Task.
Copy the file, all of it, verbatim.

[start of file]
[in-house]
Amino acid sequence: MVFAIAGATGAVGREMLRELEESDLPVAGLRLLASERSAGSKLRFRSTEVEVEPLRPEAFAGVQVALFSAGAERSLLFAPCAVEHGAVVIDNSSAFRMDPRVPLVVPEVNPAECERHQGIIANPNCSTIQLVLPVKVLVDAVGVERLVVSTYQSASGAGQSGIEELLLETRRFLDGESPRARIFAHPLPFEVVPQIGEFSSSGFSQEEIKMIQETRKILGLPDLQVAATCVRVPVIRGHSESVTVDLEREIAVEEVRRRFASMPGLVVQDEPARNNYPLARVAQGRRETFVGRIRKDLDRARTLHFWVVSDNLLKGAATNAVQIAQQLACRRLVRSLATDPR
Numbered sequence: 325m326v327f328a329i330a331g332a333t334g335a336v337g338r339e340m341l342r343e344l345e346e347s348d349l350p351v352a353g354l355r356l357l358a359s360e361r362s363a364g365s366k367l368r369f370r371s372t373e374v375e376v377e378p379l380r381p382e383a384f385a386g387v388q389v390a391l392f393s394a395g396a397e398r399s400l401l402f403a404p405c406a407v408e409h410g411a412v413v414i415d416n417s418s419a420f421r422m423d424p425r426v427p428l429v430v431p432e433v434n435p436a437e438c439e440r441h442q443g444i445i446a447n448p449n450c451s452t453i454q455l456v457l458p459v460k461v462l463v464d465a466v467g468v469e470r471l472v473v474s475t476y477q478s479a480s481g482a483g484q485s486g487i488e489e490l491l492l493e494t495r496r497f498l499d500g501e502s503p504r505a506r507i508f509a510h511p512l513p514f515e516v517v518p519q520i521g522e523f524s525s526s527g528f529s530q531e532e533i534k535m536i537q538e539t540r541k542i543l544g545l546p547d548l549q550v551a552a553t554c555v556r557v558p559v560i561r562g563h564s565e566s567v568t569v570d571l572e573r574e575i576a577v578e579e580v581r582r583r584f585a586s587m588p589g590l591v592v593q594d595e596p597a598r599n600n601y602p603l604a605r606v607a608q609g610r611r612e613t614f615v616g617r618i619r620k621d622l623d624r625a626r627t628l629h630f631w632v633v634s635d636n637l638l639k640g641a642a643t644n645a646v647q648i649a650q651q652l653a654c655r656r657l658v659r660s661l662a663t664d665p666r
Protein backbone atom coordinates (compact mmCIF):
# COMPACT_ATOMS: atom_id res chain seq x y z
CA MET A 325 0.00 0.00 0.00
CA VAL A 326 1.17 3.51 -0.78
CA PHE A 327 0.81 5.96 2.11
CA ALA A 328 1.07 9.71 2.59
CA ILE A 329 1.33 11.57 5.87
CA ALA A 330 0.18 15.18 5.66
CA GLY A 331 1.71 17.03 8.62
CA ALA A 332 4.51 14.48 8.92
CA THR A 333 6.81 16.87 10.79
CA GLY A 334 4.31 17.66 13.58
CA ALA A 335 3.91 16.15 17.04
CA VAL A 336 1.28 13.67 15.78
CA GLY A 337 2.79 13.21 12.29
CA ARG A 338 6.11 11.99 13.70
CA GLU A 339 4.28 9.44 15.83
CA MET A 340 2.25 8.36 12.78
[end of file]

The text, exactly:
[in-house]
Amino acid sequence: MVFAIAGATGAVGREMLRELEESDLPVAGLRLLASERSAGSKLRFRSTEVEVEPLRPEAFAGVQVALFSAGAERSLLFAPCAVEHGAVVIDNSSAFRMDPRVPLVVPEVNPAECERHQGIIANPNCSTIQLVLPVKVLVDAVGVERLVVSTYQSASGAGQSGIEELLLETRRFLDGESPRARIFAHPLPFEVVPQIGEFSSSGFSQEEIKMIQETRKILGLPDLQVAATCVRVPVIRGHSESVTVDLEREIAVEEVRRRFASMPGLVVQDEPARNNYPLARVAQGRRETFVGRIRKDLDRARTLHFWVVSDNLLKGAATNAVQIAQQLACRRLVRSLATDPR
Numbered sequence: 325m326v327f328a329i330a331g332a333t334g335a336v337g338r339e340m341l342r343e344l345e346e347s348d349l350p351v352a353g354l355r356l357l358a359s360e361r362s363a364g365s366k367l368r369f370r371s372t373e374v375e376v377e378p379l380r381p382e383a384f385a386g387v388q389v390a391l392f393s394a395g396a397e398r399s400l401l402f403a404p405c406a407v408e409h410g411a412v413v414i415d416n417s418s419a420f421r422m423d424p425r426v427p428l429v430v431p432e433v434n435p436a437e438c439e440r441h442q443g444i445i446a447n448p449n450c451s452t453i454q455l456v457l458p459v460k461v462l463v464d465a466v467g468v469e470r471l472v473v474s475t476y477q478s479a480s481g482a483g484q485s486g487i488e489e490l491l492l493e494t495r496r497f498l499d500g501e502s503p504r505a506r507i508f509a510h511p512l513p514f515e516v517v518p519q520i521g522e523f524s525s526s527g528f529s530q531e532e533i534k535m536i537q538e539t540r541k542i543l544g545l546p547d548l549q550v551a552a553t554c555v556r557v558p559v560i561r562g563h564s565e566s567v568t569v570d571l572e573r574e575i576a577v578e579e580v581r582r583r584f585a586s587m588p589g590l591v592v593q594d595e596p597a598r599n600n601y602p603l604a605r606v607a608q609g610r611r612e613t614f615v616g617r618i619r620k621d622l623d624r625a626r627t628l629h630f631w632v633v634s635d636n637l638l639k640g641a642a643t644n645a646v647q648i649a650q651q652l653a654c655r656r657l658v659r660s661l662a663t664d665p666r
Protein backbone atom coordinates (compact mmCIF):
# COMPACT_ATOMS: atom_id res chain seq x y z
CA MET A 325 0.00 0.00 0.00
CA VAL A 326 1.17 3.51 -0.78
CA PHE A 327 0.81 5.96 2.11
CA ALA A 328 1.07 9.71 2.59
CA ILE A 329 1.33 11.57 5.87
CA ALA A 330 0.18 15.18 5.66
CA GLY A 331 1.71 17.03 8.62
CA ALA A 332 4.51 14.48 8.92
CA THR A 333 6.81 16.87 10.79
CA GLY A 334 4.31 17.66 13.58
CA ALA A 335 3.91 16.15 17.04
CA VAL A 336 1.28 13.67 15.78
CA GLY A 337 2.79 13.21 12.29
CA ARG A 338 6.11 11.99 13.70
CA GLU A 339 4.28 9.44 15.83
CA MET A 340 2.25 8.36 12.78